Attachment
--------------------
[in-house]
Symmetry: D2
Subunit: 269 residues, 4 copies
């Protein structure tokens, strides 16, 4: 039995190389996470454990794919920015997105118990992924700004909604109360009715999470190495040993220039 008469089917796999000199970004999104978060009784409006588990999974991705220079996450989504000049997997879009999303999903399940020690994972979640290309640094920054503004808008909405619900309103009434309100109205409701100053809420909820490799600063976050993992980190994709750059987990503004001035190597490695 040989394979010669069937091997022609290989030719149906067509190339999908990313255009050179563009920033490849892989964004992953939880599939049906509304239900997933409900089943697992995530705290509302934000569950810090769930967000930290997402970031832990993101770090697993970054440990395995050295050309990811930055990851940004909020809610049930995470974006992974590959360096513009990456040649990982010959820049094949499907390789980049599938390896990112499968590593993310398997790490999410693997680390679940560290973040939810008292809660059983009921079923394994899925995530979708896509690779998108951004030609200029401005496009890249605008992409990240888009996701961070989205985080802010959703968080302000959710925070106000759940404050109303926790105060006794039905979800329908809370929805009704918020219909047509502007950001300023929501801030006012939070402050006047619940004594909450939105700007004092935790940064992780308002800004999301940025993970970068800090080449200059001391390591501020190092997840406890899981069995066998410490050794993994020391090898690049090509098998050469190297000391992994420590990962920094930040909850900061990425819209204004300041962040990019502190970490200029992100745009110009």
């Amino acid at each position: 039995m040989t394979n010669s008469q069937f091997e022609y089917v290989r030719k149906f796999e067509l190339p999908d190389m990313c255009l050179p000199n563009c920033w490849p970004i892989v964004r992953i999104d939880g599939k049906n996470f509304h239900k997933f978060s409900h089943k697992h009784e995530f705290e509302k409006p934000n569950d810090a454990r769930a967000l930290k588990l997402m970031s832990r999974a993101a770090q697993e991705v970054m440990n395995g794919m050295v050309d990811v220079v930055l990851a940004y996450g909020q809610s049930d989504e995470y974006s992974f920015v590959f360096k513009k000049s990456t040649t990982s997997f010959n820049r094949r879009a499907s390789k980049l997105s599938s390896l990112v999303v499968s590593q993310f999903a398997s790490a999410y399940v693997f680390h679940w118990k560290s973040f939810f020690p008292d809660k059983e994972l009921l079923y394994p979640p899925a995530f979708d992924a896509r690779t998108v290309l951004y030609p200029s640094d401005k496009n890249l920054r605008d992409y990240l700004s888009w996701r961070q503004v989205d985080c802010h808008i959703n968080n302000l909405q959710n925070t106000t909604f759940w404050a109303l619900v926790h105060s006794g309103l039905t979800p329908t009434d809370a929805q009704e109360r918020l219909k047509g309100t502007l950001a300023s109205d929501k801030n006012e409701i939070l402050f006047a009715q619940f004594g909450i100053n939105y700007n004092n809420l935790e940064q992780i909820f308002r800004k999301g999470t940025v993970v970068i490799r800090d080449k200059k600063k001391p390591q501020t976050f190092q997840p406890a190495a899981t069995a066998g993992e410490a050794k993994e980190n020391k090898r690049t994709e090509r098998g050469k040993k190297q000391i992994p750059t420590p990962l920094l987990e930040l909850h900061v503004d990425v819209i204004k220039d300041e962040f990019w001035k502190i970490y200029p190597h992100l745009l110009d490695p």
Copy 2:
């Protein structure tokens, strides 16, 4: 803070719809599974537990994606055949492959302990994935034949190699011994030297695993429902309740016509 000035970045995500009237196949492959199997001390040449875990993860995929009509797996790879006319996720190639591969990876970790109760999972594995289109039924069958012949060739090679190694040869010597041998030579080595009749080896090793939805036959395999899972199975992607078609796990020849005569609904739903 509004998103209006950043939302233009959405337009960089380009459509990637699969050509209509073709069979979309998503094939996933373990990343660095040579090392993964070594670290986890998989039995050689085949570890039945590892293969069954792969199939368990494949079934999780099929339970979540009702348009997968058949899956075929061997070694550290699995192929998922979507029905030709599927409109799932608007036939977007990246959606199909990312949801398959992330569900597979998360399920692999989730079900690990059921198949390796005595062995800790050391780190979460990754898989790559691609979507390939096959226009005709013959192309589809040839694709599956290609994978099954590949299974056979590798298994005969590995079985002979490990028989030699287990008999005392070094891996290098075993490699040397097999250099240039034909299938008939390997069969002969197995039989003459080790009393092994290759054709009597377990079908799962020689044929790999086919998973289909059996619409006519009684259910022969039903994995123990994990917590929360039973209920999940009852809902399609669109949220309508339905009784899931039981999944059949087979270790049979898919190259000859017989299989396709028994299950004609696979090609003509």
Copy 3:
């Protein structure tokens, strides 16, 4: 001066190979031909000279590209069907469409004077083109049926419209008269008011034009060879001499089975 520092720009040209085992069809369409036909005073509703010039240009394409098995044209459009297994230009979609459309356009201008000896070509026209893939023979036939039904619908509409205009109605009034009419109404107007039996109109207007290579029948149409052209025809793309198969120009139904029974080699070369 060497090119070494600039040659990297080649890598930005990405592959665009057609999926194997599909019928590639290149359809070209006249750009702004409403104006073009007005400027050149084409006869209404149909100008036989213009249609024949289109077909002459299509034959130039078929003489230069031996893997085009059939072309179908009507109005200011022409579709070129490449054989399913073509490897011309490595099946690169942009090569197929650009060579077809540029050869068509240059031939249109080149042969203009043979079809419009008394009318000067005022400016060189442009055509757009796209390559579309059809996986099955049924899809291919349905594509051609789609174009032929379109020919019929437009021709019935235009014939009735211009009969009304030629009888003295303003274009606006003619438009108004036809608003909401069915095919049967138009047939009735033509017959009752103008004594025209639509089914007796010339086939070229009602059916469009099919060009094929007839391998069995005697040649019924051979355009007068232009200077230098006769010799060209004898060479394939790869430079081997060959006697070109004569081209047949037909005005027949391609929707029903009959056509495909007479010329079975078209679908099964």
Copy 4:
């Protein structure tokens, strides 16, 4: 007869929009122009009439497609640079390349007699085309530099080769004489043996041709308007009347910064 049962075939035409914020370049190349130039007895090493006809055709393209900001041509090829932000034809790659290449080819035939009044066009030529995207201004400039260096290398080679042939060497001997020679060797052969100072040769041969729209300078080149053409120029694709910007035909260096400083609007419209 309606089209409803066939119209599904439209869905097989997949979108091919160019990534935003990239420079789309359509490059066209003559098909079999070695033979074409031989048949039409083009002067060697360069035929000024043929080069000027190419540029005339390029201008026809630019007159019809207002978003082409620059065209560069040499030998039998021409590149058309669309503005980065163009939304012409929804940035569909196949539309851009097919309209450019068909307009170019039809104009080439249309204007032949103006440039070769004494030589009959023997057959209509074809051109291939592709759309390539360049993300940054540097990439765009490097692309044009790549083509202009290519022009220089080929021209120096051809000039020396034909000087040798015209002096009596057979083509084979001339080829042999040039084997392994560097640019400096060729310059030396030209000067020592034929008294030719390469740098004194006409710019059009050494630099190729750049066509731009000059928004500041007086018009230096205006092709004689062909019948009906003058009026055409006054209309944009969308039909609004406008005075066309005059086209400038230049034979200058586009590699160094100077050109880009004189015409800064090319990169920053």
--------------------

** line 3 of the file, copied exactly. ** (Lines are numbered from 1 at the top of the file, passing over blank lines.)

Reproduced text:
Subunit: 269 residues, 4 copies